Meet with local independent film fanatics and movie enthusiasts to watch and discuss smaller, independent and foreign films, with some cult, documentary, and classic films mixed in. This group allows those with a taste for something different in film the opportunity to meet, watch and discuss film. A trip afterwards to a coffee house is a great way to discuss the film and meet fellow film admirers.
Jordan Peele had one of the most impressive directorial debuts I can recall seeing with Get Out, a couple years ago. It was assured, confident, funny, and used our familiarity with horror genre conventions to create a witty, subversive, and resonant social satire with some genuine bite.
His second movie, Us, is just coming out, and if the critics are to be believed, he has pulled a rabbit out of his hat a second time. Peele has once again used horror movie tropes to take a look at deeper issues (as all the best horror movies have done). According to studio blurbage:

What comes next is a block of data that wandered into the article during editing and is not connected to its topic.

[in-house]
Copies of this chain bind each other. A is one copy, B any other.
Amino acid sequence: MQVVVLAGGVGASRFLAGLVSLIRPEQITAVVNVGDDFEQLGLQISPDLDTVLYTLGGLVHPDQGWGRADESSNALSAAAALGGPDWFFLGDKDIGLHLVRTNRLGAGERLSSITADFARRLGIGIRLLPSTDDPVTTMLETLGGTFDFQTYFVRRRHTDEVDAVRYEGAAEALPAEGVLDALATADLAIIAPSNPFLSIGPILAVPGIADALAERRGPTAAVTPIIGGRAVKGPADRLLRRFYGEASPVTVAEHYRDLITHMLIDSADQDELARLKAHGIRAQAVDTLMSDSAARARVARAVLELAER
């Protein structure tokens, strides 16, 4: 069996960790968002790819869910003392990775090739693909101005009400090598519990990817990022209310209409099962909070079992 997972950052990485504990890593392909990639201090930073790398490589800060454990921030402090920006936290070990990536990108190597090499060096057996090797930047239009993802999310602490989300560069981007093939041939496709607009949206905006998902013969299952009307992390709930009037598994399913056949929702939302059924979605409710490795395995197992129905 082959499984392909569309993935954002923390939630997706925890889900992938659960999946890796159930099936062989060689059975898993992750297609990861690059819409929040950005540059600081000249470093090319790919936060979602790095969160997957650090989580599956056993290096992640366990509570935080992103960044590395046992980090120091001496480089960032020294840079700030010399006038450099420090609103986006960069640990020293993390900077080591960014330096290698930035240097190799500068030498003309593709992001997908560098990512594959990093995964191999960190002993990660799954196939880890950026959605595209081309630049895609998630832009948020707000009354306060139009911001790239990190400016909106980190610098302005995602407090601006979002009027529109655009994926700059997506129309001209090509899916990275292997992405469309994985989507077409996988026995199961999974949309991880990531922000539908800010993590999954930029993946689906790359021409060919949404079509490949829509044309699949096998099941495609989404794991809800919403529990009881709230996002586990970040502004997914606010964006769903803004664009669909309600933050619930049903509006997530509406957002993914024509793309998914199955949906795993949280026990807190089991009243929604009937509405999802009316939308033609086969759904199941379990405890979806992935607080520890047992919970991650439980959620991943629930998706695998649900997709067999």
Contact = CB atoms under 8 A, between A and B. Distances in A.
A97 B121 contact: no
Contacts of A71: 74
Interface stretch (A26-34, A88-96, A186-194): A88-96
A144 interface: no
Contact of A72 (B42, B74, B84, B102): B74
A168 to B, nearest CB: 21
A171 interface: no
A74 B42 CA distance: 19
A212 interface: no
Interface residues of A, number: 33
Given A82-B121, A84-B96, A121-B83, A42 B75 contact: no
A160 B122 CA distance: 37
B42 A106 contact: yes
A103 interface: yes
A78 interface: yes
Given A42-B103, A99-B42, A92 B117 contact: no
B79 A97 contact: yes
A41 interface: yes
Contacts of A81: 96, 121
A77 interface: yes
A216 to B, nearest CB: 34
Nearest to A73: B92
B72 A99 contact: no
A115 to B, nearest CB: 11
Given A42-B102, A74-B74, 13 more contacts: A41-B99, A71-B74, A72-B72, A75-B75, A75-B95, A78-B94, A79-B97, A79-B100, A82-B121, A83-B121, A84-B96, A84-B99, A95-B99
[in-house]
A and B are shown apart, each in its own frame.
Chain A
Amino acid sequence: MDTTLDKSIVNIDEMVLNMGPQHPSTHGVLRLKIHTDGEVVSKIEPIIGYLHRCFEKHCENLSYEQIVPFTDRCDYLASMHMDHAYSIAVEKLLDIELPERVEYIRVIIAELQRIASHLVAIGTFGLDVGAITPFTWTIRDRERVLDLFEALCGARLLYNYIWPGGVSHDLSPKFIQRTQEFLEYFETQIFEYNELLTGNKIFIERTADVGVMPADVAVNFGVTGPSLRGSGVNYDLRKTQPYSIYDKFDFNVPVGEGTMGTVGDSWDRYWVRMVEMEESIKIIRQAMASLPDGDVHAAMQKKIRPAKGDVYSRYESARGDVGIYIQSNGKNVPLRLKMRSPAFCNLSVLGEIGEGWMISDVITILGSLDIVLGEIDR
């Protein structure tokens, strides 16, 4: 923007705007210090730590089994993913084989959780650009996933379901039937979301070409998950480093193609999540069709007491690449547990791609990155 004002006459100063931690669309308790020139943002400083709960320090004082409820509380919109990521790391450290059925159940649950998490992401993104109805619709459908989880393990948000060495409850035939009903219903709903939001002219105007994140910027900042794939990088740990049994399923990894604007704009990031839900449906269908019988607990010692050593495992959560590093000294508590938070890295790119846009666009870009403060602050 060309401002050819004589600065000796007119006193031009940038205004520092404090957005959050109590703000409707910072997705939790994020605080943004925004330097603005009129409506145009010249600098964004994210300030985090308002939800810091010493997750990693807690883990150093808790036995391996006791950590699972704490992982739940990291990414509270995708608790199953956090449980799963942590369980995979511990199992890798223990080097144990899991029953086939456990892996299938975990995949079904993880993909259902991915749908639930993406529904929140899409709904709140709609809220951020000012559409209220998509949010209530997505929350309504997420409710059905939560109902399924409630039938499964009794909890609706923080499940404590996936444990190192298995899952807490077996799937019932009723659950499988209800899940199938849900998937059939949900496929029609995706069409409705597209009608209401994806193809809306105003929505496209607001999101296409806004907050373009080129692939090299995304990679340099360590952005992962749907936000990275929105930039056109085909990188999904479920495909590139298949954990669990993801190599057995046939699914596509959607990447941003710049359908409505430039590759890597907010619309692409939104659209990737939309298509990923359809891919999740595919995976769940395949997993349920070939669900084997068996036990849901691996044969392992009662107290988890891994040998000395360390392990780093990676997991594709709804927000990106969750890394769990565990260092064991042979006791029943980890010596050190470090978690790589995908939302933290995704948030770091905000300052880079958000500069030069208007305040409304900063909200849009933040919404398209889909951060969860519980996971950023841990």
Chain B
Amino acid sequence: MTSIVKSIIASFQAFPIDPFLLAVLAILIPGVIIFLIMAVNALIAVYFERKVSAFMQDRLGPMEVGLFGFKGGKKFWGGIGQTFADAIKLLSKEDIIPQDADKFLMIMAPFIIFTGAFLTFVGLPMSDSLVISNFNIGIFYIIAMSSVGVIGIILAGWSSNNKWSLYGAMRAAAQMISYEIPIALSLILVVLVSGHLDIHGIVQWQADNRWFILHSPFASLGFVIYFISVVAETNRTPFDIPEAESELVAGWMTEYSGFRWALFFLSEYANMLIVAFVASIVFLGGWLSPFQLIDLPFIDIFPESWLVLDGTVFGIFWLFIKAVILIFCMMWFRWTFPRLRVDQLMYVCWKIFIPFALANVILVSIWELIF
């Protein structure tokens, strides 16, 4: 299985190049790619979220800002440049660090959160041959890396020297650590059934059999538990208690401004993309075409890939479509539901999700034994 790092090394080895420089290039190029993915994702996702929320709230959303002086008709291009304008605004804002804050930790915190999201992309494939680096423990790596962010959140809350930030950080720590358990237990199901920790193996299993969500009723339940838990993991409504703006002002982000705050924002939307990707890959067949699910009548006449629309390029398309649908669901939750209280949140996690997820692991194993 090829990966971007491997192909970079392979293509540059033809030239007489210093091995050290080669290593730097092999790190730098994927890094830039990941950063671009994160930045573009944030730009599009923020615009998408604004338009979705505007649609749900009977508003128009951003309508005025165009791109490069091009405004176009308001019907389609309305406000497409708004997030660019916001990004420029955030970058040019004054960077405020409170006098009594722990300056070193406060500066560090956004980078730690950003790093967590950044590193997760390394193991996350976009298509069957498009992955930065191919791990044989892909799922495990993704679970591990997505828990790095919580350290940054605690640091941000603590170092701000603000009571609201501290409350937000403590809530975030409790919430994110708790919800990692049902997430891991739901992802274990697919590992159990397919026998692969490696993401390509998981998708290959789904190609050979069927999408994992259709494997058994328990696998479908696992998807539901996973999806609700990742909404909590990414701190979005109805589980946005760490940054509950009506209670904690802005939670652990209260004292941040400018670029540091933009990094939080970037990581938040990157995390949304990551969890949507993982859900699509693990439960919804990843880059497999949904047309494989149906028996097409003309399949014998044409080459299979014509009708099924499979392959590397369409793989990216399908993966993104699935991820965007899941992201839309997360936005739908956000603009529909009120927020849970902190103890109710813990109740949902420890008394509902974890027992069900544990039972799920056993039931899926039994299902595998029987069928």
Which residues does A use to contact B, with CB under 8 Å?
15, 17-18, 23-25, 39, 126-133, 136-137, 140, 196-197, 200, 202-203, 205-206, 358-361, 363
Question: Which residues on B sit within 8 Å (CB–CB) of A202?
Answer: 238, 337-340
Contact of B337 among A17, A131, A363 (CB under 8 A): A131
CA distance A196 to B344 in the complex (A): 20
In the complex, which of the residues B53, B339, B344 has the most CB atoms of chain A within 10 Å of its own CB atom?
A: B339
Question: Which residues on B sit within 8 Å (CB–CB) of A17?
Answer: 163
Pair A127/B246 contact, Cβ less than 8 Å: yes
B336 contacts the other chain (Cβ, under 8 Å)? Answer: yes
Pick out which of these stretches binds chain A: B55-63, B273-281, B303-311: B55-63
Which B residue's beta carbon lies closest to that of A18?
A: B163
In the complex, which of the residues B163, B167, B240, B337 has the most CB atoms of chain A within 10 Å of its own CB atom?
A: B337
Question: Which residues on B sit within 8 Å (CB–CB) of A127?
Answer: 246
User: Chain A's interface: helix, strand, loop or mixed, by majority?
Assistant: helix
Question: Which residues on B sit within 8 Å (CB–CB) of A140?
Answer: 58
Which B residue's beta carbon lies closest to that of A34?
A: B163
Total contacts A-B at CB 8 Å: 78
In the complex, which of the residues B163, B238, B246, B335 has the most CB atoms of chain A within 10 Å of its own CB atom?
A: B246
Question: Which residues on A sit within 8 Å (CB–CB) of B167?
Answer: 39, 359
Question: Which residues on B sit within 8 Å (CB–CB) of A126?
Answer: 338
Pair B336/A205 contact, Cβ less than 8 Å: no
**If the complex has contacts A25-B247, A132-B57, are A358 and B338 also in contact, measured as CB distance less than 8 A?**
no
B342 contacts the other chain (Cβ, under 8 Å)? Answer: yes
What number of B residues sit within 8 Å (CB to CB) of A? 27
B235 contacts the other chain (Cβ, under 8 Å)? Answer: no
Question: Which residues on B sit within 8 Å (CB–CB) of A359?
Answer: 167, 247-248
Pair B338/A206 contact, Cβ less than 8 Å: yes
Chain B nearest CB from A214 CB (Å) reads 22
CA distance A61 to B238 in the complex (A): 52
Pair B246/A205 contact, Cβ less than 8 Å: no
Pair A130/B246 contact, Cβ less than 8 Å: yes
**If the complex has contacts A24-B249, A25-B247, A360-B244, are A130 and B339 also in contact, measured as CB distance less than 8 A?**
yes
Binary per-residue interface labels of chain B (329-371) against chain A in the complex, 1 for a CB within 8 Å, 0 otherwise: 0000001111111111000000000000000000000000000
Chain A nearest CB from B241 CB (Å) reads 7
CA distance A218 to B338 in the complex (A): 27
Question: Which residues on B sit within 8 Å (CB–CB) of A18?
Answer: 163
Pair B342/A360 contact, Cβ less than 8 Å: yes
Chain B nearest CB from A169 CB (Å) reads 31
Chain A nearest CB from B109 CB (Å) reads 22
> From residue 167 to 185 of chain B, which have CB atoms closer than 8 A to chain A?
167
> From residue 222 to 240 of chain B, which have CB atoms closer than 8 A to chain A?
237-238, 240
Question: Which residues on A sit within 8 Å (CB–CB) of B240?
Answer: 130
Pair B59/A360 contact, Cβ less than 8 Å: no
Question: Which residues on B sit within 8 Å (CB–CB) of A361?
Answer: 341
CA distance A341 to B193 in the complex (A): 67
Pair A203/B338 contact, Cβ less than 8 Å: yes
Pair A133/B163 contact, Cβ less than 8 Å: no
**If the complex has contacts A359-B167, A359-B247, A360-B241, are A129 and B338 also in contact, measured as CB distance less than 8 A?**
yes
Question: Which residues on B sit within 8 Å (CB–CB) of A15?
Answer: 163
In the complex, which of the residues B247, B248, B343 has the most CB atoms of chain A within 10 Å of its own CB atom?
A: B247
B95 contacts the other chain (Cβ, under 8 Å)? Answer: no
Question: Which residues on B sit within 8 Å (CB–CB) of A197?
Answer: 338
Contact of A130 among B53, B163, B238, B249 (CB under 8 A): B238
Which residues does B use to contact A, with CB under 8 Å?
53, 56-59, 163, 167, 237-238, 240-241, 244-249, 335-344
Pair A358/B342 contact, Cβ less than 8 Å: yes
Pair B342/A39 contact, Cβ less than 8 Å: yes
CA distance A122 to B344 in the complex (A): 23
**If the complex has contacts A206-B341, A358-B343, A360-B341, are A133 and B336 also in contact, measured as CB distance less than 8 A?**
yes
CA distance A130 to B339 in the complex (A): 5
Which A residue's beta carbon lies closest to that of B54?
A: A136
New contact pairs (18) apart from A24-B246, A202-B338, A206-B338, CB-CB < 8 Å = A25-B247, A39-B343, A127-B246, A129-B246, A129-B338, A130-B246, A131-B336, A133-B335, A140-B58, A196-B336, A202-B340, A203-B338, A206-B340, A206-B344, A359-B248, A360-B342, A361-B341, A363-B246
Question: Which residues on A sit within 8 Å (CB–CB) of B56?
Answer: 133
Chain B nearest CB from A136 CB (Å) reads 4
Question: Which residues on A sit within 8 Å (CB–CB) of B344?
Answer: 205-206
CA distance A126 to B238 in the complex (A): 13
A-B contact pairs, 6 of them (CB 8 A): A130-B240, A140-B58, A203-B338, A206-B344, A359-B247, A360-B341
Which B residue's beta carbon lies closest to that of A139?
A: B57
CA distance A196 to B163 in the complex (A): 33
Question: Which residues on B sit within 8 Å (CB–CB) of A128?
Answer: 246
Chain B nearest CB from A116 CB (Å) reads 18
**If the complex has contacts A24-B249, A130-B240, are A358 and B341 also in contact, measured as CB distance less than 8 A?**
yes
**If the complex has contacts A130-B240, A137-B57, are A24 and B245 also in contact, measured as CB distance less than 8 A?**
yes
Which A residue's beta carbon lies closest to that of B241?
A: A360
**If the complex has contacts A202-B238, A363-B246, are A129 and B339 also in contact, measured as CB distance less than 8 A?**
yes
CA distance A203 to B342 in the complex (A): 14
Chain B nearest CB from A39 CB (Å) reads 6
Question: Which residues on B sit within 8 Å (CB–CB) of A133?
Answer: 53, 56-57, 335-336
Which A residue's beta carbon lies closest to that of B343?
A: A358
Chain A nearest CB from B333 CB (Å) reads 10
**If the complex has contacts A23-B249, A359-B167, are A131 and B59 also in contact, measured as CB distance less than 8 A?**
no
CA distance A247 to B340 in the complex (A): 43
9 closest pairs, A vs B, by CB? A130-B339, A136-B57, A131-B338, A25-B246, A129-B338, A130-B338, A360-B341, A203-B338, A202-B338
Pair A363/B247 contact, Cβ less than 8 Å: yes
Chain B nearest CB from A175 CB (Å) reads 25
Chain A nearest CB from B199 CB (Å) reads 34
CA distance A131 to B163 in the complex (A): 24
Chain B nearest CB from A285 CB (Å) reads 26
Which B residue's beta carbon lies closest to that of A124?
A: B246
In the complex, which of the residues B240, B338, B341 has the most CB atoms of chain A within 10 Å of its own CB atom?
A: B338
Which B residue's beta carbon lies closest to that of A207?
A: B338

"Haunted by an unexplainable and unresolved trauma from her past and compounded by a string of eerie coincidences, Adelaide feels her paranoia elevate to high-alert as she grows increasingly certain that something bad is going to befall her family. After spending a tense beach day with their friends, the Tylers (Emmy winner Elisabeth Moss, Tim Heidecker, Cali Sheldon, Noelle Sheldon), Adelaide and her family return to their vacation home. When darkness falls, the Wilsons discover the silhouette of four figures holding hands as they stand in the driveway. Us pits an endearing American family against a terrifying and uncanny opponent: doppelgängers of themselves."
Intriguing premise, and I'm really looking forward to the ride.
The movie theater at Triangle Square (or whatever they're calling it these days), is cheap, comfortable, and features a bunch of decent restaurants for drinking beer and arguing about movies. If you can make it, please plan on joining us for deep conversation and bad puns afterwards.
Don't be late: if we'd like to sit together, this has a pretty high likelihood of being a crowded show.
* * * * *
Us feels like something meant to be watched over and over until the tape wears down, and we graft our own meaning and nightmares onto it.
Emily Yoshida, New York Magazine.
It's a masterpiece of doubling, layering, and tethering.
Joanna Robinson, Vanity Fair